Casinos may not be the first destination you’d think of to visit for exquisite food, exemplary service and haute cuisine. Yet, London’s Colony Club, Palm Beach and Crockfords, which are all connected by the Genting Group, provide just that. And a lot more.
Make no mistake, fusions of flavour and culinary cultural cross-pollination are paramount to the three restaurants, which means a discerning diner can expect a subtle and unexpected ‘kick’ with any chosen dish from the menu.
Moreover, the restaurants are not merely a by-product or afterthought to the gaming. Rather, they’ve evolved to be the headline attraction which those in the know visit for refined dining, good service and bespoke flavours. It’s the perfect combination.
As Bob Orchard, executive chef at the Colony Club says: “Our food is an undoubted pull for the casino. We have a fantastic reputation and an amazing restaurant. Together, with the quality of the gaming on offer, we’re giving customers unforgettable experiences that go way beyond what people would normally expect of a casino.”
Here, we take a look inside the kitchens of these esteemed venues, and meet the chefs who are reinventing just what a night out at a casino means.
CHEF MAHMUD ZAMAN
The Palm Beach Casino
For Mahmud Zaman, the kitchen is his refuge. “I have done a lot of things,” he says, “but my mind is always in the kitchen. I started as a porter and then slowly went up. In 2004, I became the head chef at the London Club.” Mahmud moved to the Palm Beach in 2018.
The Palm Beach restaurant champions multicultural cuisine. Just as Crockfords and the Colony Club endorse juxtaposing flavours and spices, so too does Palm Beach. “For me everything is new: we don’t just stick to one thing,” Mahmud says.
The Palm Beach differentiates itself from its contemporaries by curating a menu which largely focuses on vegetarian cuisine. “I cook lots of paneer, vegetables and dahl,” Mahmud says. “I make my paneer different by putting it in the tandoor.”
Chef Mahmud, like chefs Bob Orchard and Steve Carpenter, has a wealth of experience working in casino restaurants: “I’ve never worked in a traditional restaurant,” he explains. “I wouldn’t like to work for one. A casino is a different environment, it has different facilities for the staff. I really like it.”
The main point of difference for the chefs is the clientele. The casinos attract a diverse range of people – often VIPs – and they often want to sample the in-house cuisine. “If they want something different from the menu, they’ll call me to the floor and ask, ‘Chef, what can you do for me?’ and I’ll be glad to make something unique for them.”
It’s this kind of ad-hoc scope which excites all three chefs. As Mahmud says, “When the customer is happy I feel proud because it’s something I cooked.”
CHEF BOB ORCHARDsd
The Colony Club
The Colony Club is one of Mayfair’s most exclusive clubs and yet it’s the restaurant that garners most interest. Executive chef Bob Orchard is arguably the driving force. He’s been at The Colony Club for 16 years.
“If we can do it, we’ll do it,” he says in response to our query as to whether the restaurant can really conjure up any dish, flavour or culinary combination.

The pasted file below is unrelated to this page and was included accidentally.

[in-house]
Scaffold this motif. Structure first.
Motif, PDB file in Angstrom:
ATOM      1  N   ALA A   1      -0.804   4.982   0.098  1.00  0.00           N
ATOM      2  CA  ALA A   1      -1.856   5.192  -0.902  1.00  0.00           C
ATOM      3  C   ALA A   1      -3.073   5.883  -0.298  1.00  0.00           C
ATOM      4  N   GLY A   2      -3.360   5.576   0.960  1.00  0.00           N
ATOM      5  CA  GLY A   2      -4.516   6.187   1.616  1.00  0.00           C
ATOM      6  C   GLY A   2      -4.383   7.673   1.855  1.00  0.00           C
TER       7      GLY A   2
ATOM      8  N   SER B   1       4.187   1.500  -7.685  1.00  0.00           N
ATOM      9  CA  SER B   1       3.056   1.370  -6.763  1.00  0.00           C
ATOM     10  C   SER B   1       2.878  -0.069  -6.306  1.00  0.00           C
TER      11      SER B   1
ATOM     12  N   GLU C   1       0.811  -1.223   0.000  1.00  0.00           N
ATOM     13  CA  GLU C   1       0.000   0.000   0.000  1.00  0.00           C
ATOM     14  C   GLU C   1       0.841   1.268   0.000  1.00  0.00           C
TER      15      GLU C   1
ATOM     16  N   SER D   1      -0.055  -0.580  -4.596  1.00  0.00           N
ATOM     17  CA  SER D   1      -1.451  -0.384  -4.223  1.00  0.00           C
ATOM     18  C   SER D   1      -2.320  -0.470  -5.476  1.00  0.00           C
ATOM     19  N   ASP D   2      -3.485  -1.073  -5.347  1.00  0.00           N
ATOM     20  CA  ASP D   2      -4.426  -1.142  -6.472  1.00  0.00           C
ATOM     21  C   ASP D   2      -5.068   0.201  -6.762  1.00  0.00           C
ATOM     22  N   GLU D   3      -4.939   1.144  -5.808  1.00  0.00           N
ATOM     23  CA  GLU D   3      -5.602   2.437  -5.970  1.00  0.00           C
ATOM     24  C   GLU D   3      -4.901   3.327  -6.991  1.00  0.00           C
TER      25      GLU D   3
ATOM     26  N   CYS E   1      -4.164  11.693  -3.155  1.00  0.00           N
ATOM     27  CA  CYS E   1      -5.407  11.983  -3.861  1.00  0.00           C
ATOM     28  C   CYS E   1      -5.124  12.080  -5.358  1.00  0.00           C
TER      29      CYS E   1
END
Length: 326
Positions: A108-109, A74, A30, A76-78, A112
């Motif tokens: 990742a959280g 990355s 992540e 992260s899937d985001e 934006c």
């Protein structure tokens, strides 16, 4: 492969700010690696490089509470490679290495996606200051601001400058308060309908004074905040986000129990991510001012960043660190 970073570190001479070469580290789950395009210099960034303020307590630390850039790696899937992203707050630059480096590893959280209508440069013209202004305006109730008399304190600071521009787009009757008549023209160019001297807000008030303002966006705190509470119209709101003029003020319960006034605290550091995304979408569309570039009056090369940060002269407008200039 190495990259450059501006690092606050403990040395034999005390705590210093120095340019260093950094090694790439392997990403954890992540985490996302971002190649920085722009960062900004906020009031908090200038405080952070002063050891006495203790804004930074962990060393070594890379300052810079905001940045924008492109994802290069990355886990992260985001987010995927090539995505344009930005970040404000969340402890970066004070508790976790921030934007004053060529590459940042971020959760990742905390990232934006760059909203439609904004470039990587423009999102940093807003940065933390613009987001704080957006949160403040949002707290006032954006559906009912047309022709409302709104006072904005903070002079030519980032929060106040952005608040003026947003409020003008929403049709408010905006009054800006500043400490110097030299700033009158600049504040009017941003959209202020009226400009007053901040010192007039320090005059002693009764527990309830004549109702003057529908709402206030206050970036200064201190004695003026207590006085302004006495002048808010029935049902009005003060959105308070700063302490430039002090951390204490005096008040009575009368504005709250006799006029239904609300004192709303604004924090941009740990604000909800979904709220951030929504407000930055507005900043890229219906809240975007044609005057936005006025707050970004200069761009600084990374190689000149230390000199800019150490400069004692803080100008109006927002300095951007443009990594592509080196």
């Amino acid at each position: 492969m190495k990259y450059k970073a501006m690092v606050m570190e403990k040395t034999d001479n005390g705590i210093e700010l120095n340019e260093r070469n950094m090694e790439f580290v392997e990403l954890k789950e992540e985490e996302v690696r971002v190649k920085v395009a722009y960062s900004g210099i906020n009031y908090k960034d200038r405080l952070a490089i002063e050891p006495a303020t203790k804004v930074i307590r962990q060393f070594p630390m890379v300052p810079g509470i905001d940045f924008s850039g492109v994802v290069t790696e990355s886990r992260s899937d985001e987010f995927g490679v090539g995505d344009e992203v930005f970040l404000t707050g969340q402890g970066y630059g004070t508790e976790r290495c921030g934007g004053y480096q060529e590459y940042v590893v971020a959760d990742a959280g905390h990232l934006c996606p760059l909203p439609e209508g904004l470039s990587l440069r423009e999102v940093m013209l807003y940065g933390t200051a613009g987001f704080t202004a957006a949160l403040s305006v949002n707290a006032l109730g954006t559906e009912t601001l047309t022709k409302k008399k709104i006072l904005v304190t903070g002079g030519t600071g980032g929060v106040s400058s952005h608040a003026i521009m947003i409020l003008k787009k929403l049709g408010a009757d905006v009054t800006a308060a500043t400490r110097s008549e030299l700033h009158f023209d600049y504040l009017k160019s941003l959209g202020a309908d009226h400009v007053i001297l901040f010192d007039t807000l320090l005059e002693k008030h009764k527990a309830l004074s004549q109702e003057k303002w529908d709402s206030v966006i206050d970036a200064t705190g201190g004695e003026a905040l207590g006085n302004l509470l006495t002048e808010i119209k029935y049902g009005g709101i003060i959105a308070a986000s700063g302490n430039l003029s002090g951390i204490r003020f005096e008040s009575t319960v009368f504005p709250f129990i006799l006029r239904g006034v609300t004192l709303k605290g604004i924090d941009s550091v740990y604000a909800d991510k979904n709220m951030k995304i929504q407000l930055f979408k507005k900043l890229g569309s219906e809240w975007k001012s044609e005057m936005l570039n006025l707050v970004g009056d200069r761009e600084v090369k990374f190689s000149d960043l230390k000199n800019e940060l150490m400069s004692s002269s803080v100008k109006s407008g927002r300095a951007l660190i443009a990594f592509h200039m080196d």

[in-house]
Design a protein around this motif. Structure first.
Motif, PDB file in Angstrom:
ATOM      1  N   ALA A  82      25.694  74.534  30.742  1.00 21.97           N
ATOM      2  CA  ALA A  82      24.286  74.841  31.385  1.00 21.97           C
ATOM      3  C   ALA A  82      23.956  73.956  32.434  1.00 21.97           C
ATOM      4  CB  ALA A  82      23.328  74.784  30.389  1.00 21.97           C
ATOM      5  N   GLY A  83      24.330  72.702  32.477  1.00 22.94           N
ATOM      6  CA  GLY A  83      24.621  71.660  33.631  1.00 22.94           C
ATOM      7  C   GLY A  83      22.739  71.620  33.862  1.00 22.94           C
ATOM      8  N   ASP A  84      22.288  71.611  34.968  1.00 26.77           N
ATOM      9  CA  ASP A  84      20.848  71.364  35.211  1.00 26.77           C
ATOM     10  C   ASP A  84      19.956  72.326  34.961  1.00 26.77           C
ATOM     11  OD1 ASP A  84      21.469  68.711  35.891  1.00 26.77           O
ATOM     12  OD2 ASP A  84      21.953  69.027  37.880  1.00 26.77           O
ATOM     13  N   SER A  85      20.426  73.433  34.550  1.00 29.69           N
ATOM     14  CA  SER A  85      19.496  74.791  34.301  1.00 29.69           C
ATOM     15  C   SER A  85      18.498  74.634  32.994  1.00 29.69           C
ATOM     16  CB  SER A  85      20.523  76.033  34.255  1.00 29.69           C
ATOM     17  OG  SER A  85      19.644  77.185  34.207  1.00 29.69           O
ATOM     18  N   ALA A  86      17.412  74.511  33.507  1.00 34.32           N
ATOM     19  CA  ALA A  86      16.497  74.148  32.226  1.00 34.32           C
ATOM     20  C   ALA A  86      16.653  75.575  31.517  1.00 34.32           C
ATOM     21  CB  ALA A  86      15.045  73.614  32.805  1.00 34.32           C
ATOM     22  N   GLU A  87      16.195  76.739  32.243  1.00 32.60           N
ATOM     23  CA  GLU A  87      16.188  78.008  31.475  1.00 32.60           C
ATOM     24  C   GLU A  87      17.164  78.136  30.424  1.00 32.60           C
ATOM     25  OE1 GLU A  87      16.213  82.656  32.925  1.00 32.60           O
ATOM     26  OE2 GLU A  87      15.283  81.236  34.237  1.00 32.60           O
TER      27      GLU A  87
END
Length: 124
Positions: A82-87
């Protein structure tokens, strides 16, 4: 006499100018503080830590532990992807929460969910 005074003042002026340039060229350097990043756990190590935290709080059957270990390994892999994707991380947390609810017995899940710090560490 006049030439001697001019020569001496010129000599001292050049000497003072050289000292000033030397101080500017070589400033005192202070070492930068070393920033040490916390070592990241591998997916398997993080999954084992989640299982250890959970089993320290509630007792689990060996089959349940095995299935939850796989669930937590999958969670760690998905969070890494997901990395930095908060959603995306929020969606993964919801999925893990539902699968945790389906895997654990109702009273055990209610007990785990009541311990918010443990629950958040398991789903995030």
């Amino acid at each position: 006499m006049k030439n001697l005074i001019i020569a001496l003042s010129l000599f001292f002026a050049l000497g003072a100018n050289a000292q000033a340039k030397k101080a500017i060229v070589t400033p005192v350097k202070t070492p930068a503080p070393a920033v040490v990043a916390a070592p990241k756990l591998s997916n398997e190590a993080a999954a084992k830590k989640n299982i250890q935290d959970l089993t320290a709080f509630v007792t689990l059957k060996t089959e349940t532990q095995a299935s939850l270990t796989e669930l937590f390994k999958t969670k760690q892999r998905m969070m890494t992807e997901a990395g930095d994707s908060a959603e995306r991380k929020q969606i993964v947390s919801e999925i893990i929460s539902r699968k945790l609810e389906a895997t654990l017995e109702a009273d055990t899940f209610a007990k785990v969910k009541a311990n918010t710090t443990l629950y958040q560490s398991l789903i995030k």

“If you would like a Chinese starter, an Indian main course, a Japanese dessert, we’ll do it. We serve five different cuisines here.”
It’s not only this gastronomic flexibility that appeals to diners – it’s also the fact that Bob and his team of 19 chefs are happy to create bespoke dishes.
“If a customer asks, ‘Can you make us a soufflé?’ No problem, we’ll do it. You have to be flexible and you have to strive to satisfy the customer’s request.”
The Colony Club’s menu heralds classic dishes, such as grilled sole and tiger prawns and chilli. However, it’s modernised and adapted, too. “We’ve got a great pull here as we’ve got a Teppanyaki table. As far as I know, we’re the only casino in London with one and that’s a big part of the restaurant.”
Bob gets enormous personal satisfaction from cooking for nearly 120 covers: “At the end of the night, I sit out here with the restaurant manager, I have a cup of tea and just think, ‘Wow’.”
The Colony Club restaurant is undergoing a four million-pound refurbishment and will reopen in July 2019. Quintessentially readers are invited to attend the launch.
CHEF STEVE CARPENTER
Opulent 18th-century décor first greets you when you enter Crockfords Casino in Curzon Street. This exclusive club boasts a heritage dating back to 1828 when the debonair William Crockford set out to establish a club fit for diplomats, royalty and the aristocratic elite. While the aesthetic has remained, the tone of the club is far more welcoming and inclusive. This is in part due to its restaurant. Steve Carpenter has been the head chef at Crockfords for seven years.
“I started in 2000 and loved it. It’s so different to a normal restaurant, where you would do 10 starters and 10 main courses. What we do is on a different level.”
Steve’s passion is food and cooking, and it’s this desire for perfection which translates into his dishes.
“I cover all of the European dishes, but I will put subtle hints of fusion into them. For example, I’ll make a lobster cocktail for a starter, but I will add a Sriracha sauce, so it has a little tang to it as well.”
This inclination for two opposing flavours stems from Steve’s training with celebrated Michelin-star chef Jean-Georges Vongerichten. “It was my finishing school. It refined everything and that’s where really got into the fusion side of cooking.” Customers can enjoy an array of flavour and cultural cuisines, which include Arabic, Indian, Chinese, Thai and European dishes.
“At the end of the day, we are here to please people,” Steve says. “I love the food we get to cook in here.” •